What’s Going on?

In my months with the Almanac, I have been incredibly impressed with not just the standard of writing, humour and general football wisdom, but also with the sensitivity and care many writers show when dealing with serious football issues.

In recent weeks, and again in the past few days, the issue of how football manages issues related to its growing indigenous community has risen again.

With that in mind, I need to make a couple of statements and disclaimers and then seek guidance from my fellow columnists and readers.

I need clarification from those wiser than I on these issues as to what Mark Neeld has been accused of and why, had he done the things he was accused of, he was seen to have acted poorly and was so hurt by the accusations.

I say at the outset that if my comments and questions appear naive and ignorant it is probably because they are. I do not claim an in-depth knowledge of indigenous issues, and will yield to many of my colleagues who have proven in the articles or comments on the writings of others to have had spent time in their lives much closer with indigenous communities than I. My experience with indigenous Australia is I imagine like a large part of our population, which is limited.

I still cringe when I recall attending a half year of Australian History at Monash Uni in the md 80s and being shamed at my poor understanding of Aboriginal history and treatment. I simply wasn’t taught it in senior school and was shocked at what I didn’t know.

I am embarrassed but feel I need  to stand up and admit to making what I now realise were terrible and childish statements, when I was no longer a child, in relation to the race and colour of footballers in the 80s. I have no excuses for that. I have explanations, lousy ones of course, that I felt they were funny, or everyone else did it, but I feel sick when I look back at what I thought was amusing.

Now as a wiser man with a young growing son, I am trying to right my wrongs, by educating him as I should have been educated, about tolerance, acceptance and understanding.

So I come to the argument and issue needing guidance. Neeld was accused of treating his indigenous players poorly, in that he spoke with them as a group as opposed to how he worked with non-indigenous players which was individually.

What I haven’t gleaned from this episode, is what he spoke about, what the context was and why it is seen to be so vile.

As I said, I do not condone or seek to justify. This is a genuine appeal to the Almanac community for education, of me, and hopefully by extension others, which I believe is being lost in the Jarrah and Neeld issues recently.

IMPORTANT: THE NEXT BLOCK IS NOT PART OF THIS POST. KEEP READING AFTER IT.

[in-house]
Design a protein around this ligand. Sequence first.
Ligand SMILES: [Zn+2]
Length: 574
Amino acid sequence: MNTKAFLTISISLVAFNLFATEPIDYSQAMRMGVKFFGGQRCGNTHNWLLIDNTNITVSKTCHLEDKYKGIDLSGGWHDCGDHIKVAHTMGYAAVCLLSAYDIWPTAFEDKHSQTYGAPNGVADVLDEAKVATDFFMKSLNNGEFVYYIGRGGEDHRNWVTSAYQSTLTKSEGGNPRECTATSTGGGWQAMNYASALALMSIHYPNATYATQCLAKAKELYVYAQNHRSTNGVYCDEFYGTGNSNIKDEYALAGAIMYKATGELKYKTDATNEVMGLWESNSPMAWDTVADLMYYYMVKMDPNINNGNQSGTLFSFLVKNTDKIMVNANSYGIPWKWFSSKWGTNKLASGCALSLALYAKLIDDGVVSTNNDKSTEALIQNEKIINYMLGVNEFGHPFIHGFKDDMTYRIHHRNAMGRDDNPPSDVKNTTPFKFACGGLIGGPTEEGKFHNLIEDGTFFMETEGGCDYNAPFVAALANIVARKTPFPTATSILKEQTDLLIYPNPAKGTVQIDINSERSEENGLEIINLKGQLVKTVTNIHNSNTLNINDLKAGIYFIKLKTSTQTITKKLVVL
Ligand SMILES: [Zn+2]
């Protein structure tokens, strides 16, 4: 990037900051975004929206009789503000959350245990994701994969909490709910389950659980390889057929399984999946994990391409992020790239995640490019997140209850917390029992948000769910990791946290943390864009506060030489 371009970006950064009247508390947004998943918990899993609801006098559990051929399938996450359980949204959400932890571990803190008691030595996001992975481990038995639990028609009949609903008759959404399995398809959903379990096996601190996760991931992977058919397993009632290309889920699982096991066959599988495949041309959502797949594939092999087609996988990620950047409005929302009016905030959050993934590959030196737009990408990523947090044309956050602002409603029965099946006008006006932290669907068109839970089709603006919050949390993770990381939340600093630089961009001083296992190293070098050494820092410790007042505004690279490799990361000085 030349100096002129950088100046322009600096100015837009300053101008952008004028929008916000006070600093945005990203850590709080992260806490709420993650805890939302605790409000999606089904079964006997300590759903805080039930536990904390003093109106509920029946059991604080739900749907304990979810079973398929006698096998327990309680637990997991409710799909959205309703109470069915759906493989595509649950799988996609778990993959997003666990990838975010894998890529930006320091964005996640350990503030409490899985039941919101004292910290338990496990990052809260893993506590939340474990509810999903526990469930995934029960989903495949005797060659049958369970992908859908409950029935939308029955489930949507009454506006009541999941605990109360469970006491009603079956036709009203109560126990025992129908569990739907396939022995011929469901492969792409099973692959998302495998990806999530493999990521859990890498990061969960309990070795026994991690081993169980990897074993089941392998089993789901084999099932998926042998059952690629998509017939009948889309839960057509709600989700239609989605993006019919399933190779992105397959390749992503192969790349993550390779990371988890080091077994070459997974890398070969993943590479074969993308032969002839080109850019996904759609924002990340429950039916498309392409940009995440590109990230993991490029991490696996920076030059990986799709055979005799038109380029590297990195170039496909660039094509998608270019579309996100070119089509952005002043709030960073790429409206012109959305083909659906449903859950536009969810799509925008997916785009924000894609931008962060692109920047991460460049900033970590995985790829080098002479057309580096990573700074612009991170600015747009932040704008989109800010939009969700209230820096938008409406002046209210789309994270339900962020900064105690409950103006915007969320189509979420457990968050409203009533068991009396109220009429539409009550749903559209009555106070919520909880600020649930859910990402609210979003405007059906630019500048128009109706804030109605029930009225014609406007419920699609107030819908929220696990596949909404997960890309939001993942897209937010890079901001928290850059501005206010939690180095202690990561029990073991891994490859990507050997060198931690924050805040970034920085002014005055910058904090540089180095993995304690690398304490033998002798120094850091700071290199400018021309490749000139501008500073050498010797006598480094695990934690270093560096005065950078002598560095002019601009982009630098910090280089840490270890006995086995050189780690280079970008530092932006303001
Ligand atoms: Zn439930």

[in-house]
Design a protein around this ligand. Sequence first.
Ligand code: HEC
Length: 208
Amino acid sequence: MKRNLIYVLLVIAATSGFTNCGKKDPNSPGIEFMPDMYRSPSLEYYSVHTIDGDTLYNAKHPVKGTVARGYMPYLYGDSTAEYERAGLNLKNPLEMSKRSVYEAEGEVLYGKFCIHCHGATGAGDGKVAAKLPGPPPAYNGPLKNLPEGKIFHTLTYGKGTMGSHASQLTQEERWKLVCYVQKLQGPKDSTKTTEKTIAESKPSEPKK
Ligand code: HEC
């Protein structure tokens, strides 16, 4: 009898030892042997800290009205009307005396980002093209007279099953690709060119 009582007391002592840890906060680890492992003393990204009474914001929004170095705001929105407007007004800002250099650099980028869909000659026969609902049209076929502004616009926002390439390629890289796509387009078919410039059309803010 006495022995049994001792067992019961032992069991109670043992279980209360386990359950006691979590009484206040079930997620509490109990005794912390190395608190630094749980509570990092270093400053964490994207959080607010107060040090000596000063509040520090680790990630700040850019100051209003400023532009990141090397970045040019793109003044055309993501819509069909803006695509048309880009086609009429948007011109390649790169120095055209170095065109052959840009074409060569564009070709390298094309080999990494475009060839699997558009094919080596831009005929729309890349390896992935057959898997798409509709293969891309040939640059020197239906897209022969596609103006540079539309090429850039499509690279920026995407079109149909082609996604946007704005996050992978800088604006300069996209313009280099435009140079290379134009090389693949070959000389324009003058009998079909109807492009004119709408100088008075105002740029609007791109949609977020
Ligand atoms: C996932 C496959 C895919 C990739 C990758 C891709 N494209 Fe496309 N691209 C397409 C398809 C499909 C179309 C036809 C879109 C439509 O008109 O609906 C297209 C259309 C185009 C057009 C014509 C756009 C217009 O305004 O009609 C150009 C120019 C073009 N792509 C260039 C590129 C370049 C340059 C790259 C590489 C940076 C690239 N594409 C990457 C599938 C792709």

Is it that Neeld was seen as assessing his non-indigenous players as not being worthy of his time? Is the accusation that he saw their issues as collectively shared as opposed to treating them as individuals? Is he seen as lecturing them rather than mentoring and guiding others?

Was Neeld being seen to believe that all his indigenous players had the same issues, backgrounds and prospects, thereby creating a stereotype that was inappropriate?

Despite my previously admitted ignorance of indigenous issues, I would argue that there are some issues that indigenous players, especially those new to the football industry or to living in Melbourne, feel and experience that are more common than to those from a non-indigenous player. I read with interest a recent Alamanac article that clearly laid out that issues of homesickness are not colour based, however, if Neeld was talking to the group collectively about issues of distance from their families, their ties and responsibilities to their communities or matters than they are likely to have shared, would that be so bad?

If he met with them to specifically ask them to care for their fellow indigenous player Liam Jarrah as his issues may be better understood by them than someone from a non-indigenous background, would that be wrong?

What if he met them to talk about his empathy for issues of race in football? What if he met them to better educate himself about indigenous issues and ask them to share their experiences with their teammates?

What if he told them that he felt the media attention would be more on them after the Jurrah situation and he empathised?

What has been lost in the media has been what Neeld supposedly talked to the group about?

If a new coach was to meet with most players individually about game plan, strengths and weaknesses or roles and responsibilities, then separate another group and talk en masse, I would be surprised. I would see it as poor coaching, but there’s definitely an innuendo or slight felt by Neeld in the accusation that I don’t get, again probably my ignorance again but one I need guidance on.